Related topics

New Kosovo Atrocity Evidence Cited

September 2, 1999

PRISTINA Yugoslavia (AP) _ New evidence of past atrocities in Kosovo emerged Thursday with reports that 50 bodies were found buried in a garbage dump in the province’s southwest.

At a field outside Ljubizda, a blue plastic tarp covered what appeared to be parts of rotting clothing that reeked of decomposing flesh. The tarp _ at the foot of one of several mounds cordoned off by police tape _ was anchored on all sides by heavy stones and piles of earth.

A human femur lay exposed in a nearby pit, littered with a child’s shoe and several plastic bottles.

No international troops or foreign forensic experts were in sight. But a local farmer, saying he was repeating what he had been told by others, said the graves contained bodies of ethnic Albanians killed in April by Serb forces.

``The Serbs dug a deep hole and put Albanians in it _ men, women and children _ and dropped in a grenade,″ said Abedin Ademi. ``They buried those who were killed and those who were injured even if they were still alive . ... Everybody knows that is how it happened.″

In London, British Foreign Secretary Robin Cook said only that British troops had unearthed the bodies of 50 victims from the dump at Ljubizda, southwest of Pristina.

Meanwhile, Kosovo Liberation Army leader Hashim Thaci urged an end to ethnic Albanian revenge attacks on Serbs and called for Serbs to come back to Kosovo on Thursday.

``We are interested in establishing in Kosovo a multiethnic society,″ he said after meeting with Cook in London.

His comments were sure to be ignored by Serbs in Kosovo and elsewhere, who blame the KLA for anti-Serb violence since Milosevic’s troops left in June as part of a peace agreement to end the NATO bombing.

Most of the 200,000 Serbs who lived in Kosovo before the war have fled, amid dozens of killings, abductions and other violence directed at them to avenge the deaths of more than 10,000 ethnic Albanians during the 18-month crackdown by Milosevic’s forces.

Reflecting continued Serb-Albanian tensions, Serbs demanding NATO protection and protesting the disappearance of one of their own blocked a main road near Gracanica, south of Pristina, on Thursday after roughing up six people.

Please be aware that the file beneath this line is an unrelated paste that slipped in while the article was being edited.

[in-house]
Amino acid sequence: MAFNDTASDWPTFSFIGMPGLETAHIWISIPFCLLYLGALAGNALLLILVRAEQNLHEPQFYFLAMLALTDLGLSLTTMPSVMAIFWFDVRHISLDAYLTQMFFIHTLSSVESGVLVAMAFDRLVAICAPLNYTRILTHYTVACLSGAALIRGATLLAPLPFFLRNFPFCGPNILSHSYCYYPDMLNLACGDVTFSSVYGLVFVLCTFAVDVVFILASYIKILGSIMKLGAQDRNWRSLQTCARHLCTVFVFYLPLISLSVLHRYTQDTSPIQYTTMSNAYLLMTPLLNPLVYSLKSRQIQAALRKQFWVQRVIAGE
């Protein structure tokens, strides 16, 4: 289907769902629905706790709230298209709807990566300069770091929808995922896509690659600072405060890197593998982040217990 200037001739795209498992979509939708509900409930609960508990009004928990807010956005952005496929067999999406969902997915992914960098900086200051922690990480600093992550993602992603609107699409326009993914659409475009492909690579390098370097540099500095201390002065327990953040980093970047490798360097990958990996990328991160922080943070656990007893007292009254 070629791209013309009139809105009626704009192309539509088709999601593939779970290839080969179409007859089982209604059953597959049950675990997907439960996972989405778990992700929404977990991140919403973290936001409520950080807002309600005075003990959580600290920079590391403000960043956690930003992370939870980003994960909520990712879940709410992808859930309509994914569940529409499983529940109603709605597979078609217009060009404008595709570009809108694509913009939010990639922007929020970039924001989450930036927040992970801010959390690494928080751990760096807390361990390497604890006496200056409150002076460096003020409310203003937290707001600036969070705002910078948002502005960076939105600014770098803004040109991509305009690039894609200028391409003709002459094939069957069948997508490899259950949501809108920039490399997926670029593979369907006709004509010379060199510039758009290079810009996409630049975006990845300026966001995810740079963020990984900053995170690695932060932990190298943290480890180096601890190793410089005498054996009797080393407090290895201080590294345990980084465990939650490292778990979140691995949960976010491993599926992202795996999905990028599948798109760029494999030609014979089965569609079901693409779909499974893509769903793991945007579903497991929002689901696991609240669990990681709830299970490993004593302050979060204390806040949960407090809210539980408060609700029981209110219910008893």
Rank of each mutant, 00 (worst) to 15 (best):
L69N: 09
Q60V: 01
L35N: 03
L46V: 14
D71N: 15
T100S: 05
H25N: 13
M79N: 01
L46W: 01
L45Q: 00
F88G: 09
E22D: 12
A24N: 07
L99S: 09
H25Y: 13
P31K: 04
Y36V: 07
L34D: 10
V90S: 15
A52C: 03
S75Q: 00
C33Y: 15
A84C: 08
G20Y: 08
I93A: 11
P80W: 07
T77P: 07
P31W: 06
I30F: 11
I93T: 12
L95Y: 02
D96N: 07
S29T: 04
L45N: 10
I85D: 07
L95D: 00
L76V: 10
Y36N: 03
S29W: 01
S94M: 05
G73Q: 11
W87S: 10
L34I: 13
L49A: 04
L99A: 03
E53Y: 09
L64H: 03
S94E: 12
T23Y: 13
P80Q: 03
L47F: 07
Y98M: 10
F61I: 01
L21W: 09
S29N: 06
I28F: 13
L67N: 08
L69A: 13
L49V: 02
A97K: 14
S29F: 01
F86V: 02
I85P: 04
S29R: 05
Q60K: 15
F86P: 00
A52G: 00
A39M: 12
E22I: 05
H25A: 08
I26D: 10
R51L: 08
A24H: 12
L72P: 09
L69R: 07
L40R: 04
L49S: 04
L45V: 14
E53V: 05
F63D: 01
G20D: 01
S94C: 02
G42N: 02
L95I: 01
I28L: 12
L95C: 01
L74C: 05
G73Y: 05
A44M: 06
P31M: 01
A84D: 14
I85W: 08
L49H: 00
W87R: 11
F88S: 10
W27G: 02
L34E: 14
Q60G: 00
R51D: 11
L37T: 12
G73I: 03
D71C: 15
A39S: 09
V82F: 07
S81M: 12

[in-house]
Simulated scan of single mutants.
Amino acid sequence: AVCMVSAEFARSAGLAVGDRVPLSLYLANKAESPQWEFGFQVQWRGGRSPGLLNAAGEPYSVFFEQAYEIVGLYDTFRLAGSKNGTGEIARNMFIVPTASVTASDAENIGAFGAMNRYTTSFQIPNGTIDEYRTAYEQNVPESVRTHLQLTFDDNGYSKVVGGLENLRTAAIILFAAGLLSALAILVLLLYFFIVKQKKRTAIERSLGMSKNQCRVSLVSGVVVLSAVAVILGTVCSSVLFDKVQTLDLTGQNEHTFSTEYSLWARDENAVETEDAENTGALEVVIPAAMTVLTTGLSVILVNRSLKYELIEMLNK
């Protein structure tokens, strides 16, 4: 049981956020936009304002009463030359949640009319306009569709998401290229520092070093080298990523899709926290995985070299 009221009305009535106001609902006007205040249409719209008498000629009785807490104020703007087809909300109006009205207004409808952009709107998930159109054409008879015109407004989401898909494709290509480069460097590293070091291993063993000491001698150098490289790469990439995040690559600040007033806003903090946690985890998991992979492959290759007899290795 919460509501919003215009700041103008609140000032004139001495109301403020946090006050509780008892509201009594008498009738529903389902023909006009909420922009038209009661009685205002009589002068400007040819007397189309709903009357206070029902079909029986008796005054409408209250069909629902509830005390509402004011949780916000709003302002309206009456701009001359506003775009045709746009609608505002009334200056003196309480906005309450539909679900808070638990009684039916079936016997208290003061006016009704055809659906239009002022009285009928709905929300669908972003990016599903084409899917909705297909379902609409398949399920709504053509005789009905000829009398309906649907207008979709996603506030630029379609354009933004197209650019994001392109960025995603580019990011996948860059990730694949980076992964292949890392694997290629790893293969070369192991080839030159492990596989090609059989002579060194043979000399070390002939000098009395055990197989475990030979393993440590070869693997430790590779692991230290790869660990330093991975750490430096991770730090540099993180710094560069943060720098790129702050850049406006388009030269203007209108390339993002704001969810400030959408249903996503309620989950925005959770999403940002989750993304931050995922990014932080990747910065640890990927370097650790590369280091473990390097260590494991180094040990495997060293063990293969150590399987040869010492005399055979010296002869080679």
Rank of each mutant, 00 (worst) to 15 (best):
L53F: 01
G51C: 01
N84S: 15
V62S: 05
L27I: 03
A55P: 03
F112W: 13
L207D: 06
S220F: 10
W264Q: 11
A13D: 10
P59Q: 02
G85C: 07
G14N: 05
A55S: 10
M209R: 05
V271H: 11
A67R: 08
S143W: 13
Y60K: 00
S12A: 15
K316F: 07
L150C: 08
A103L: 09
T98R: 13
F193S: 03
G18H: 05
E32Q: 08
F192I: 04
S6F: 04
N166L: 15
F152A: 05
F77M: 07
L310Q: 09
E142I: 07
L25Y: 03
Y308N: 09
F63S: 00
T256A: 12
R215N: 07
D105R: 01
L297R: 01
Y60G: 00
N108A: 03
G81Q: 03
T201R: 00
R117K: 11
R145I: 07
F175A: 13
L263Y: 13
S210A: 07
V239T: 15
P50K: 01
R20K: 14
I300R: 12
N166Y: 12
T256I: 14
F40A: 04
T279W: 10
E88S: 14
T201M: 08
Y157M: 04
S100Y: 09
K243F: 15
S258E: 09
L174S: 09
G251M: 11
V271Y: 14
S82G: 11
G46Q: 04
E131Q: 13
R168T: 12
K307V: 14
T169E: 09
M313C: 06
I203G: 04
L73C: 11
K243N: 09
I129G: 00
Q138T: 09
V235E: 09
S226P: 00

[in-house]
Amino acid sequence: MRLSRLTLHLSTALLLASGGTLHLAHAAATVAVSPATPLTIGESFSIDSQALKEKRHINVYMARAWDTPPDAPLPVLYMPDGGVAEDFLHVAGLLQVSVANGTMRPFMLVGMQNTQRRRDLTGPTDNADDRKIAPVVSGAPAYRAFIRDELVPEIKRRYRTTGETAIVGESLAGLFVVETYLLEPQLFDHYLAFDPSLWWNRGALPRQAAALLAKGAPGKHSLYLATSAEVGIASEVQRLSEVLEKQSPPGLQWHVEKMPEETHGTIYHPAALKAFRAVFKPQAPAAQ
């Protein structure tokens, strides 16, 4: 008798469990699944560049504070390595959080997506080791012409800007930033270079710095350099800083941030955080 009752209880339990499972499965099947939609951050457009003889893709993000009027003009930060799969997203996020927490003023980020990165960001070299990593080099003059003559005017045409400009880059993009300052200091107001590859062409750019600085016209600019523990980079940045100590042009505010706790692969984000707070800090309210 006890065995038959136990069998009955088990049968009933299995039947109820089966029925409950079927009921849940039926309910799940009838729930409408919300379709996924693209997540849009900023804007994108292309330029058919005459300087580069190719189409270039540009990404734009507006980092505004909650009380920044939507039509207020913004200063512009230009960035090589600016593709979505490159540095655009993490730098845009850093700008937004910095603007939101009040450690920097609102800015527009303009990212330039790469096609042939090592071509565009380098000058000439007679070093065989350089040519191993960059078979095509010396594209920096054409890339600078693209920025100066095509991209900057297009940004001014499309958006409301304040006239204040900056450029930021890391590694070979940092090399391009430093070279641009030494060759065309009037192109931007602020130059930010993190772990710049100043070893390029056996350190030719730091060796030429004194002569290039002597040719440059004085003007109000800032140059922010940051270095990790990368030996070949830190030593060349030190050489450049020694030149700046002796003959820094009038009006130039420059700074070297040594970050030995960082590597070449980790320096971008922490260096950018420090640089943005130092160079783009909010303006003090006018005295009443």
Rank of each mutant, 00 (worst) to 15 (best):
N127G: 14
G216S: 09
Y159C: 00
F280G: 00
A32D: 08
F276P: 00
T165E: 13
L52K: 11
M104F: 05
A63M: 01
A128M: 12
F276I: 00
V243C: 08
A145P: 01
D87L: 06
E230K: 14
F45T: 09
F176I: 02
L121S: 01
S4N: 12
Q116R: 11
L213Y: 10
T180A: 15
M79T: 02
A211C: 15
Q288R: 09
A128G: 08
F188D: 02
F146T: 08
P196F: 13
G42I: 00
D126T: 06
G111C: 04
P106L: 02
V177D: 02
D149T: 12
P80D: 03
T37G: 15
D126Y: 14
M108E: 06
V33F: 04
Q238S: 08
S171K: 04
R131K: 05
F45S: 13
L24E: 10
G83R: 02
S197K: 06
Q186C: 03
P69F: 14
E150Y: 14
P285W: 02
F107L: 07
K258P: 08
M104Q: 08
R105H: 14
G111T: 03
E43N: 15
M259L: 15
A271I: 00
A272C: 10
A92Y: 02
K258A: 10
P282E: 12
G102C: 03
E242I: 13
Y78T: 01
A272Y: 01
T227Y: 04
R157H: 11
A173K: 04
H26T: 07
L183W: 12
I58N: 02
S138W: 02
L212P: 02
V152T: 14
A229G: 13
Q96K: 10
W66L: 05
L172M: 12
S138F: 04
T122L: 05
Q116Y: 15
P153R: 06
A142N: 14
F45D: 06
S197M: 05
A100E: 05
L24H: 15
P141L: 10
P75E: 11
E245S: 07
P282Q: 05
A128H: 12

Serbs said they erected the barricade Wednesday, a day after 41-year-old Milorad Popovic disappeared.

NATO troops said Serbs beat up six people when they tried to drive through the village Wednesday afternoon. An ethnic Albanian doctor in Pristina who treated them said they were five Kosovo Albanians and a Bulgarian woman married to a Kosovo Albanian.

In other ethnic violence, NATO said a Gypsy family of four was found dead of gunshot wounds Wednesday in Gornji Dragolevci. Kosovo Albanians accuse Gypsies, or Roma, of being Serb allies.

A Serb man was killed and another injured in an ambush Wednesday near Kosovska Mitrovica, and three Serbs were injured in a grenade attack on their house, NATO said.

In Belgrade, a radical ally of Yugoslav President Slobodan Milosevic accused the United States of being allied with Kosovo Albanian ``murderers, drug traffickers and terrorists″ wreaking violence on Kosovo Serbs.

Deputy Serbian Premier Vojislav Seselj said Yugoslav army and Serb police forces who withdrew from Kosovo under the peace agreement should return peacefully ``as soon as possible,″ adding: ``If there are no peaceful means available, we shall have to find other ways.″

Meanwhile, in Pristina, KLA commander Agim Ceku said his forces are almost completely demilitarized, more than two weeks before the Sept. 19 deadline.

However, he said his forces would not completely disarm. ``Disarmament and demilitarization are two completely different words,″ he said.

The KLA is permitted to keep rifles and other small arms, but Ceku also has said the KLA will form Kosovo’s new army _ something not foreseen under the peace deal.

Update hourly